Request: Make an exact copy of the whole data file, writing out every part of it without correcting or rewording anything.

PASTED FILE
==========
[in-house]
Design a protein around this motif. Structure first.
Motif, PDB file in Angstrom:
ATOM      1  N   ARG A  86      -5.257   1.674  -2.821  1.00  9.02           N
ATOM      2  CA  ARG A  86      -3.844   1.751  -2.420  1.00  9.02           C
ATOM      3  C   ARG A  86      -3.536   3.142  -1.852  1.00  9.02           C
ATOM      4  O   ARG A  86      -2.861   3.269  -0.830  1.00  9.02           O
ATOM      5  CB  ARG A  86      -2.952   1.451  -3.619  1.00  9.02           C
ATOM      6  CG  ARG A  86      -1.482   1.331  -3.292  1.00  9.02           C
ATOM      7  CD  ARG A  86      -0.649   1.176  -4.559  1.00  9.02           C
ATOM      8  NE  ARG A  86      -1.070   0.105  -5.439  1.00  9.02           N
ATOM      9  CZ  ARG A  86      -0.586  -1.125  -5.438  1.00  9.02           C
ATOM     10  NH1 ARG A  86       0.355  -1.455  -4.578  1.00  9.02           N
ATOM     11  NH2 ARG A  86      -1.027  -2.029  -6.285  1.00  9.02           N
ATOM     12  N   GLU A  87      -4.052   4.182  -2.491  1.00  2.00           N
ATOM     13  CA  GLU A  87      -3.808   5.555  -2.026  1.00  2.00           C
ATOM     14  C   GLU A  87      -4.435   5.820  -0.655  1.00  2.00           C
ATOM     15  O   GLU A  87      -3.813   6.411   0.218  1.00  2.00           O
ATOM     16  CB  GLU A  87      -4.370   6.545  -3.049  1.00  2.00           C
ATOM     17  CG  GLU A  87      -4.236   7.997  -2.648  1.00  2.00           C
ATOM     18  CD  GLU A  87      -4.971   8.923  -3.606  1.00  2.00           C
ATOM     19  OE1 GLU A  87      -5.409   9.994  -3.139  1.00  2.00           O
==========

[in-house]
Design a protein around this motif. Structure first.
Motif, PDB file in Angstrom:
ATOM      1  N   ARG A  86      -5.257   1.674  -2.821  1.00  9.02           N
ATOM      2  CA  ARG A  86      -3.844   1.751  -2.420  1.00  9.02           C
ATOM      3  C   ARG A  86      -3.536   3.142  -1.852  1.00  9.02           C
ATOM      4  O   ARG A  86      -2.861   3.269  -0.830  1.00  9.02           O
ATOM      5  CB  ARG A  86      -2.952   1.451  -3.619  1.00  9.02           C
ATOM      6  CG  ARG A  86      -1.482   1.331  -3.292  1.00  9.02           C
ATOM      7  CD  ARG A  86      -0.649   1.176  -4.559  1.00  9.02           C
ATOM      8  NE  ARG A  86      -1.070   0.105  -5.439  1.00  9.02           N
ATOM      9  CZ  ARG A  86      -0.586  -1.125  -5.438  1.00  9.02           C
ATOM     10  NH1 ARG A  86       0.355  -1.455  -4.578  1.00  9.02           N
ATOM     11  NH2 ARG A  86      -1.027  -2.029  -6.285  1.00  9.02           N
ATOM     12  N   GLU A  87      -4.052   4.182  -2.491  1.00  2.00           N
ATOM     13  CA  GLU A  87      -3.808   5.555  -2.026  1.00  2.00           C
ATOM     14  C   GLU A  87      -4.435   5.820  -0.655  1.00  2.00           C
ATOM     15  O   GLU A  87      -3.813   6.411   0.218  1.00  2.00           O
ATOM     16  CB  GLU A  87      -4.370   6.545  -3.049  1.00  2.00           C
ATOM     17  CG  GLU A  87      -4.236   7.997  -2.648  1.00  2.00           C
ATOM     18  CD  GLU A  87      -4.971   8.923  -3.606  1.00  2.00           C
ATOM     19  OE1 GLU A  87      -5.409   9.994  -3.139  1.00  2.00           O